If Greece could negotiate its way out of using the euro then that would mean that other countries also could renegotiate their terms of membership and obligations to abide by treaties. That would lead to EUrocrats losing power, influence and money so I'm fairly sure they'll fight it in every way they can.

-The Greek debt-load is too heavy, there'll be a(nother) default.

However, the date of the default is not yet decided. The allocation of losses as a result of the default is dependent on the date of the default. I.e. ESM or ECB to pay, or more accurately, which of them will be blamed as the same people end up paying anyway.

It will be interesting to see if the ECB will suffer losses on its bondbuying of Greek bonds before the OMT starts? If it were to happen, then the OMT might never get into play.

Idris Francis said...

Merkel has said again this week, in the EP, that all countries will be required to join the euro in due course. That at that same time as she said how much she wants Britain to remain in the EU.

Irresistible forces and immovable objects come to mind

If the Open Europe objective is to stay in the EU, but on competely different terms, might it be an idea to ask Merkel whether that would be acceptable, and include remaining out of the euro?


Rik said...

@Idris
Merkel cannot say anything else in this situation. That is simply the legal situation and the legal situation should be backed (at least in public) in order not to jeopardize the strategy they use to try to save the Euro any further.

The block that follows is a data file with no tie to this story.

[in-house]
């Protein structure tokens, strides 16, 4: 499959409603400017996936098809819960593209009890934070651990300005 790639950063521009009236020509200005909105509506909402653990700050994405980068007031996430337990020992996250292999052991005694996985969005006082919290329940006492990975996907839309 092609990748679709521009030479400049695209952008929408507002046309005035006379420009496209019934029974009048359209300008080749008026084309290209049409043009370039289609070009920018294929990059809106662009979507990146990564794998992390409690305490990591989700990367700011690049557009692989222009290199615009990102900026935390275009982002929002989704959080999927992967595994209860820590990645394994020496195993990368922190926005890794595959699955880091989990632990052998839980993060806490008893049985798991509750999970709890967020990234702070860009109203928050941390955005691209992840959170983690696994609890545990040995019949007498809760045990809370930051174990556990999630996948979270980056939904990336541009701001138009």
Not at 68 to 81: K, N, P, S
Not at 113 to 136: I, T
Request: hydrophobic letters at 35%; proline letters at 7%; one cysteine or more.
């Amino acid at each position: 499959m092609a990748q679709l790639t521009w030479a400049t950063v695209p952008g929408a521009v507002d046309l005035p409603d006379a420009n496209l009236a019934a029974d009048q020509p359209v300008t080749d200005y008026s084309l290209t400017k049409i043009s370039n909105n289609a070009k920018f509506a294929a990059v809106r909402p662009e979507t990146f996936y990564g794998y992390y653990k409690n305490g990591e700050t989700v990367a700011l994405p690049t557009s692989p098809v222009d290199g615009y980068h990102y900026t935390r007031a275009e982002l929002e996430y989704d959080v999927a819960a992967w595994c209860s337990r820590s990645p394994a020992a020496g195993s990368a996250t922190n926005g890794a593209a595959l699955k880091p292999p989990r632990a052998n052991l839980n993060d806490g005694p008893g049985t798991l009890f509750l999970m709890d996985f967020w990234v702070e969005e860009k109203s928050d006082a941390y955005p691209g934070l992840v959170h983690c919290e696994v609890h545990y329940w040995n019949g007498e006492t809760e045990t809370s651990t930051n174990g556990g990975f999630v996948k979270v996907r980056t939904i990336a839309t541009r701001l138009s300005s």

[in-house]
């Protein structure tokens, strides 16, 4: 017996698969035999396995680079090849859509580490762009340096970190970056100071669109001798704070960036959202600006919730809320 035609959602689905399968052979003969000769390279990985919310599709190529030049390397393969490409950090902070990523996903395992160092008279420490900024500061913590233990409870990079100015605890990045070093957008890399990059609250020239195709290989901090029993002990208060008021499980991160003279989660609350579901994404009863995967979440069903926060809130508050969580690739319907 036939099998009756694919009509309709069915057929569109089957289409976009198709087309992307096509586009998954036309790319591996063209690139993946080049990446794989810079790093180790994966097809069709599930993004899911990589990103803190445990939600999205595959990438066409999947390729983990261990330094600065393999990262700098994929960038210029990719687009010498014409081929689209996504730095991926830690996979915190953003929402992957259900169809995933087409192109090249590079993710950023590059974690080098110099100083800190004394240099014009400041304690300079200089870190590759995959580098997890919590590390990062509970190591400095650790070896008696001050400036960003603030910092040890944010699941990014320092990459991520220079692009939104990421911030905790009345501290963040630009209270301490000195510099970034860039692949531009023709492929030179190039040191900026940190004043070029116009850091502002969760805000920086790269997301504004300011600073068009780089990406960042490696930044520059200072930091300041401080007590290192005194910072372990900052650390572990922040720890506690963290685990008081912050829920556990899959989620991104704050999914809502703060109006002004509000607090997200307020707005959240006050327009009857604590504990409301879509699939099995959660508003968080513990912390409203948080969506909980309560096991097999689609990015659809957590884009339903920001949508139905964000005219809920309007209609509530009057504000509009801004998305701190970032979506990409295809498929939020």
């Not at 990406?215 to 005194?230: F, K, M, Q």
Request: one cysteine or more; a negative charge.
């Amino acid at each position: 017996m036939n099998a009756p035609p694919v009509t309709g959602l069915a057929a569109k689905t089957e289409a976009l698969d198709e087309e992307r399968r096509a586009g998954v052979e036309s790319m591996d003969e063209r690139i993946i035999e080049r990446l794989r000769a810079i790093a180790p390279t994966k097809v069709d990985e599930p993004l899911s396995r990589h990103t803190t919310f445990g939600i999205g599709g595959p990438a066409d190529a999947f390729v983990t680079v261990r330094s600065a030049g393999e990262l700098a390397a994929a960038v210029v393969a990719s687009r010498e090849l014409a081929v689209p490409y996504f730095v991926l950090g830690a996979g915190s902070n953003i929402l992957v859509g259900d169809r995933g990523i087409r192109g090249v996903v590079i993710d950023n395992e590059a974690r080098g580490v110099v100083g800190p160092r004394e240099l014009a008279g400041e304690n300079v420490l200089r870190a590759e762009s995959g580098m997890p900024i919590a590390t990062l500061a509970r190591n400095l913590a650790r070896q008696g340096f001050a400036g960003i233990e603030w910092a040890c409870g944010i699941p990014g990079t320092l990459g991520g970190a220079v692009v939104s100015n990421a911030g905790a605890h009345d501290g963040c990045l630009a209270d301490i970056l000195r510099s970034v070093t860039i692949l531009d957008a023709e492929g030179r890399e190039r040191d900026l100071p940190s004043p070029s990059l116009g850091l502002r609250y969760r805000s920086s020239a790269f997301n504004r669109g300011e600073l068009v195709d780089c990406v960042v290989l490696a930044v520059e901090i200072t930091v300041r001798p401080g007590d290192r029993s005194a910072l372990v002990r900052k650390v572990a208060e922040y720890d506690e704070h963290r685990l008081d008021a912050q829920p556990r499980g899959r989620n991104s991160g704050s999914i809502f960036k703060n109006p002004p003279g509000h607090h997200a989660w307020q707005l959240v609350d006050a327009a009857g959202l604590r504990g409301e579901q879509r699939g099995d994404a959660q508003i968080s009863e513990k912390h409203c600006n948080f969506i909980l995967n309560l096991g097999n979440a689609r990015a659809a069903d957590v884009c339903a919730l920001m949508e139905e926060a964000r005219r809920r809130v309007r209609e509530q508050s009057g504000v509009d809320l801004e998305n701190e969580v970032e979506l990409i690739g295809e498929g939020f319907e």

It is probably more Junckering than that she really means it. Same that she likes what the Greeks are doing and the Greeks are part of the team. She simply cannot say anything else (with this strategy). But I am pretty confident that she doesnot trust the Greek government as far as she can throw their finance minister. Greek reform speed makes a snail look like Usain Bolt and sometimes wishes somebody just made the country disappear from the face of the Earth.
This is EU stuff and in crisis, more than half the talking is Junckering. It first becomes news when she says something different than expected.

christina speight said...

This futile argument can go on for ever, Rik (and Open Europe). Greece is kept in the euro because Greece's sole utility to the EU is evincing solidarity with the EU. Tbat is , the Greek people are expendable, they can be pauperised, made serfs to their feudal overlords in 'Brussels' all to satisfy the power-lust of the demented clique dominating the EU.

There is only one way that Greece can hope to survive with a semblance of prosperity (in due course) and independence, That is to bite the bullet, face the chaos and face down her EU Overlords. Pity the Greek people don't seem to understand that.,

Us it not time for Open Europe to tell the unvarnished truth?

Denis Cooper said...

Rik -

As a declared eurofederalist it may be impossible for Merkel to say that the EU treaties must be amended to include a mechanism for a country to make an orderly withdrawal from the euro.

However Cameron, a declared opponent of eurofederalism, could have said that, and he could have insisted on suitable treaty amendments to that effect in exchange for the radical EU treaty change that Merkel started to demand in the autumn of 2010.

The fact that he didn't do that, and instead on March 25th 2011 he simply gave Merkel the treaty change she wanted without getting any other treaty changes in return in order to protect British long term national interests, might suggest to some that his public position is not his real position.